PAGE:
On March 8th, the study “Analysis of Competitiveness and Allocation Mix for the Emissions Trading System (ETS)” was launched. This event aimed to trigger exchange and discussion between the sectors regulated by the Mexican ETS and the Ministry of Environment and Natural Resources (SEMARNAT), with the support of the Deutsche Gesellschaft für Internationale Zusammenarbeit (GIZ) GmbH,  through the project Preparation of an Emissions Trading System in Mexico (SiCEM).  From the launch event, five technical events emerged, seeking to generate discussion spaces in order to integrate the sectors regulated by the ETS in the development process of the aforementioned study.

The study objective is to identify the level of risk to the competitiveness of the companies regulated by the ETS, also known as the risk of carbon leakage. A carbon leak is generated when the production of a company is transferred from a jurisdiction in which a carbon price has been established to another where there are no such regulations. This effect results in actual emissions not decreasing but moving to another geographic point.

Likewise, the study intends to determine the feasibility of implementing the benchmarking method as a method of assigning emission rights for the ETS. This method consists of determining an optimal carbon intensity value that serves as a reference within a regulated sector for the allocation of its emission rights. To achieve the objectives of this study, and within the framework of this series of workshops, an invitation was extended to four industrial sectors regulated by the ETS to actively participate in the development of the study. The sectors included are: iron and steel; cement; electricity; and oil and gas.

Collaboration with a regulated sector makes it possible to generate a broader perspective of the national context, allowing the results of the study to be useful for SEMARNAT’s decision-making process regarding allocation methodologies for the future phases of the ETS. As long as the chosen measures are suitable for the national sectors, they will contribute more precisely to the efficient operation of the Mexican ETS and therefore to the achievement of the Greenhouse Gas mitigation goals that Mexico has set for itself.

The workshops were held from March 30th to April 6th, 2022 with the collaboration of a consulting team from Ricardo Energy & Environment, Carbon Trust and Öko-Institut.

The development of capacities and the continuous exchange of experiences are part of the necessary actions for the creation of technical and institutional capacities for the implementation of an Emissions Trading System (ETS). For this reason, the Emissions Trading System Academy was held for the third time in 2022, under the slogan “Towards the operation of the Mexican ETS”. The ETS Academy seeks that the actors involved in its development and its potential allies have a broad level of technical knowledge regarding the elements that make up an ETS, through a highly specialised exchange format with experts in carbon price mechanisms and emissions trading systems around the world.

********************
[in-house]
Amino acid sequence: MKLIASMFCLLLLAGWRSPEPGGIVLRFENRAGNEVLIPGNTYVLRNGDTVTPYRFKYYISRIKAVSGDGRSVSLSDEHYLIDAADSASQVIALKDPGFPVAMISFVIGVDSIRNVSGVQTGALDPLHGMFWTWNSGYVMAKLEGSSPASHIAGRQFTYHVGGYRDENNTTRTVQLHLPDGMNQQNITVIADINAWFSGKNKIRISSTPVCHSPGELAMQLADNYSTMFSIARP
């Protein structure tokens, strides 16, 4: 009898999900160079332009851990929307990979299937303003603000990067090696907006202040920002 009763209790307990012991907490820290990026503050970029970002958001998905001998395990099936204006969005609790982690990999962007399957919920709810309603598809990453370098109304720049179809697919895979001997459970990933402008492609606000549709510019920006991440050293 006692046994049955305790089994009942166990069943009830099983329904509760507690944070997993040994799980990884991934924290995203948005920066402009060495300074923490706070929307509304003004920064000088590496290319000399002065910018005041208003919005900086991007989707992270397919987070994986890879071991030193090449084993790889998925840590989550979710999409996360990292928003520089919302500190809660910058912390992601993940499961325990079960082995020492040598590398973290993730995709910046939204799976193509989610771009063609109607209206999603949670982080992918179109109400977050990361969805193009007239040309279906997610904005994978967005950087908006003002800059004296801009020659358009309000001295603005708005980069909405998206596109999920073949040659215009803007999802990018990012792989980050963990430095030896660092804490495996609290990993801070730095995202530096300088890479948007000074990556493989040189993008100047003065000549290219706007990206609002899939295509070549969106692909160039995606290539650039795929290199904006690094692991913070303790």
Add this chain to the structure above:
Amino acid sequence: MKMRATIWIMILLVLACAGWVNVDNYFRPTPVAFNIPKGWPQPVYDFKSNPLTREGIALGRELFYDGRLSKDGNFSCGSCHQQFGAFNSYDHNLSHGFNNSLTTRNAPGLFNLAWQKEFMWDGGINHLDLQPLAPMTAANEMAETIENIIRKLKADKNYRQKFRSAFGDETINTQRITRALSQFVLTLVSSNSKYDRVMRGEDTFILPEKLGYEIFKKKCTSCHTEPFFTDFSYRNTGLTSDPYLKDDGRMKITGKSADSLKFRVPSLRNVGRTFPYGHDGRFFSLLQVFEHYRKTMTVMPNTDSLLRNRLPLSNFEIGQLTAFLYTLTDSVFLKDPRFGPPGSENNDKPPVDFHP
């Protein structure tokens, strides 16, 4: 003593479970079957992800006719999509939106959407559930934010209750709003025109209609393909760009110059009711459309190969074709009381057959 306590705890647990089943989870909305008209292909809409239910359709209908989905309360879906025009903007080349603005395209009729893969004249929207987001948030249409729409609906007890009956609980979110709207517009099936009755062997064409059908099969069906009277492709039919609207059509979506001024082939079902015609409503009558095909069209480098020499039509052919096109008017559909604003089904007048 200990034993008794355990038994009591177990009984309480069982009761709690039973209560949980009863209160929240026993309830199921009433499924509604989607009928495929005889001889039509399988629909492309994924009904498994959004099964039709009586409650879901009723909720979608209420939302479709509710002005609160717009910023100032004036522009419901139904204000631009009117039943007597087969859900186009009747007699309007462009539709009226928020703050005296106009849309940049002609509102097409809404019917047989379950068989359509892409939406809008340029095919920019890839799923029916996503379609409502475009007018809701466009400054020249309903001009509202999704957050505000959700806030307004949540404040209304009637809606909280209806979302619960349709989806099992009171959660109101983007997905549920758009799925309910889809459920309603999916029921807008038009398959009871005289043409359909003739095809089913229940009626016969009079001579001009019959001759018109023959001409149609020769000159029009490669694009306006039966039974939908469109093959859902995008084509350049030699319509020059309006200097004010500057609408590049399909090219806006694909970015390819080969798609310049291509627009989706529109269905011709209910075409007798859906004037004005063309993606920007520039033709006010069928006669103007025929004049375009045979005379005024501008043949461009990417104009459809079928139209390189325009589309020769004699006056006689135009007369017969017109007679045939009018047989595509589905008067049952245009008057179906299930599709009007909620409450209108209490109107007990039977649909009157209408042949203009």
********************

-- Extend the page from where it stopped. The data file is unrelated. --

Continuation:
The ETS 2022 Academy brought together more than 70 actors from the Mexican public and academic sector; they all gained knowledge and approached the debates and current issues on the ETS in Mexico and around the world.

Dr. Jürgen Landgrebe, director of the DEHSt, addressed the participants of the Academy and recognized the importance of these spaces to achieve climate objectives / © Inauguration of the SCE 2022 Academy. SiCEM, GIZ México

Each session focused on a theme related to ETS design and operation: central elements of an ETS; engagement with stakeholders; carbon leaks; financial regulation; flexibility mechanisms; MRV, and the relationship of the ETS with Article 6 of the Paris Agreement, among others. In 13 face-to-face and asynchronous sessions, the participants covered the experiences of other jurisdictions in the implementation of their ETS, as well as the main challenges encountered in the process, and listened to the assessments and lessons learned.

The Academy participants also carried out a simulation dynamic that allowed them to discuss and reflect on the elements that make up an ETS and the decision-making processes involved in its implementation. Finally, the closing presented the steps to follow in the development of the Mexican ETS, in order to provide an overview of its future developments.

Schedule of sessions and topics to be addressed throughout the training / ©Academia SCE 2022. SiCEM, GIZ Mexico

The institutions and speakers at the Academy included representatives of the German Federal Ministry for the Environment, Nature Conservation, Nuclear Safety and Consumer Protection (BMUV), the Director of the German Authority for Emissions Trading (DEHSt), Mr. Jürgen Landgrebe, Michael Mehling from MIT, Rajinder Sahota from the California Air Resources Board (CARB), Juan Pedro Searle from the Chilean Ministry of Energy, and Professor Jos Delbeke from the European University Institute (EUI), among many others.

The ETS Academy was held from March 7th to 28th, 2022. This forum, convened by the Ministry of Environment and Natural Resources (SEMARNAT), in coordination with the Deutsche Gesellschaft für Internationale Zusammenarbeit (GIZ) GmbH through the SiCEM project, and in collaboration with ICAP and adelphi, it has become a fundamental space for dialogue and exchange between different key actors for the operation of the Mexican ETS.

Throughout the sessions, he stressed the importance of the full participation of all actors involved in the SCE as they play a fundamental role in ensuring its optimal performance / © Session 12 “Transition from pilot to operational phase in an SCE” of the SCE 2022 Academy. SiCEM, GIZ Mexico

On November 17 and 19, the course on Forest Carbon Capture Projects took place, aiming to generate a greater understanding of this topic and allowing its relevance to be identified within an Emissions Trading System (ETS) by encouraging the reduction of emissions in unregulated sectors.